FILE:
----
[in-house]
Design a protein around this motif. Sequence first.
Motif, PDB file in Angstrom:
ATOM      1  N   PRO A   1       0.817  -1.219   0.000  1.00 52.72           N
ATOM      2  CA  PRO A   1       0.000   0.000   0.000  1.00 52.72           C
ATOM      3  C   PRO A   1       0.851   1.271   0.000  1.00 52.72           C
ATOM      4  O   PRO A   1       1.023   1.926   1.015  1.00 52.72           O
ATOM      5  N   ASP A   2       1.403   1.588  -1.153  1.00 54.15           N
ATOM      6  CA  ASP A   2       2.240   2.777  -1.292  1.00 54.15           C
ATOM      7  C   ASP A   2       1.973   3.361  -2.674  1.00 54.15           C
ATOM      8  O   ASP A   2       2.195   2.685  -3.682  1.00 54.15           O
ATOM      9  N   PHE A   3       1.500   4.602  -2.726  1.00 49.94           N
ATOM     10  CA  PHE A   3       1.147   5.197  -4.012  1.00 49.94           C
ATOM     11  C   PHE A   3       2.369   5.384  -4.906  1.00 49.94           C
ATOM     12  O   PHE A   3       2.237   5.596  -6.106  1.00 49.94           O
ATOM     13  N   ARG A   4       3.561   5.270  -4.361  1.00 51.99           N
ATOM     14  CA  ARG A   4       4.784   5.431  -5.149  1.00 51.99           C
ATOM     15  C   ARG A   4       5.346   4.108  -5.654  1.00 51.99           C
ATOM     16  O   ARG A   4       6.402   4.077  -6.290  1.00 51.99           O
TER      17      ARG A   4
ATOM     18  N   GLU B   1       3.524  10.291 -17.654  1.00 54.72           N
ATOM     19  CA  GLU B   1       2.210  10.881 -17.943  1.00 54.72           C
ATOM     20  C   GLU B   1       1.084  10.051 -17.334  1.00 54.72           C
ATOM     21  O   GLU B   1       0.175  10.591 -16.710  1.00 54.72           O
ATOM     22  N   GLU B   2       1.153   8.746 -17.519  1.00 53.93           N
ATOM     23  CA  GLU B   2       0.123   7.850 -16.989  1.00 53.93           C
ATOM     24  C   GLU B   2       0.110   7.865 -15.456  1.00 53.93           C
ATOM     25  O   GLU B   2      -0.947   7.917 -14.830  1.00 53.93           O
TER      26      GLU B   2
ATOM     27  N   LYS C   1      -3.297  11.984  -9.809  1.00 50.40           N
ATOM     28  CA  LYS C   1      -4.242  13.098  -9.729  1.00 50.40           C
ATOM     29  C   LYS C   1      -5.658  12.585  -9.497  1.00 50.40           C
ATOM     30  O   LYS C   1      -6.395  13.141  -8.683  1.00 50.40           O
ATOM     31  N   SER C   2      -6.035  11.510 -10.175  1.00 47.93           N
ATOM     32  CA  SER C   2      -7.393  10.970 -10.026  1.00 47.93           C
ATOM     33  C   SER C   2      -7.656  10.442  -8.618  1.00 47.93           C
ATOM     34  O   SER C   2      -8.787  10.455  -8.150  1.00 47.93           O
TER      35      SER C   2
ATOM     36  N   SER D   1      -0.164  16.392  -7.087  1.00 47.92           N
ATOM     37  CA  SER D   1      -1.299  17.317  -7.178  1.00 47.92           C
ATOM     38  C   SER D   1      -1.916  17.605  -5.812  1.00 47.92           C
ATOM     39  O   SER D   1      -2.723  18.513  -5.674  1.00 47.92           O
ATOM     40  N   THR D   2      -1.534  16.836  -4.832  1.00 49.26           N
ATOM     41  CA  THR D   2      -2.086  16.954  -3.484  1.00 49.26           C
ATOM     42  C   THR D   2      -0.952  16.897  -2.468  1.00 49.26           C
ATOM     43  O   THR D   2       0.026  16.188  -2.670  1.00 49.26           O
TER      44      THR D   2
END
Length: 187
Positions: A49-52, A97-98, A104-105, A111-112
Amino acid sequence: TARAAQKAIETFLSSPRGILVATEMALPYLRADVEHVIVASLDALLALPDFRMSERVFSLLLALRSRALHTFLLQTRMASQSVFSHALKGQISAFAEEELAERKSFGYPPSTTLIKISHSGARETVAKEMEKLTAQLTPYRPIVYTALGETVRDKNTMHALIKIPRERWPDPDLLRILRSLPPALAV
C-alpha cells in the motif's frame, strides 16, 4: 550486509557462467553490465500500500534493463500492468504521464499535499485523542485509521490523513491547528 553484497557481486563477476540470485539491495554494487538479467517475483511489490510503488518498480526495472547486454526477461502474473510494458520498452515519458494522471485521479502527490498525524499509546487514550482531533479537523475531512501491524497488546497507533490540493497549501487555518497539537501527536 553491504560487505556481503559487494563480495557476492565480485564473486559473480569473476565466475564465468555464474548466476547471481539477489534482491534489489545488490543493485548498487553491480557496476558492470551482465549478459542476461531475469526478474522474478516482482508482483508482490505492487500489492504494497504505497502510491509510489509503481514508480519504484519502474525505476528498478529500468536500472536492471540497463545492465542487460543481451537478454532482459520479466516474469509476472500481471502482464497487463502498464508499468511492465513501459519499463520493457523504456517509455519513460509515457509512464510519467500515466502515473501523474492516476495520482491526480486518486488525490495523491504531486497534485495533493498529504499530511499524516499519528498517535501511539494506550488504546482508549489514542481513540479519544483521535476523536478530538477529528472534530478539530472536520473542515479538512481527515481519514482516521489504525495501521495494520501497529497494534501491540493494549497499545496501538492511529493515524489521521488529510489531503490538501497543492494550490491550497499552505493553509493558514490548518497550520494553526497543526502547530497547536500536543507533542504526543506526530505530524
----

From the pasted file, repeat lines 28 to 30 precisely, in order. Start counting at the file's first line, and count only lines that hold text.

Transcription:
ATOM     25  O   GLU B   2      -0.947   7.917 -14.830  1.00 53.93           O
TER      26      GLU B   2
ATOM     27  N   LYS C   1      -3.297  11.984  -9.809  1.00 50.40           N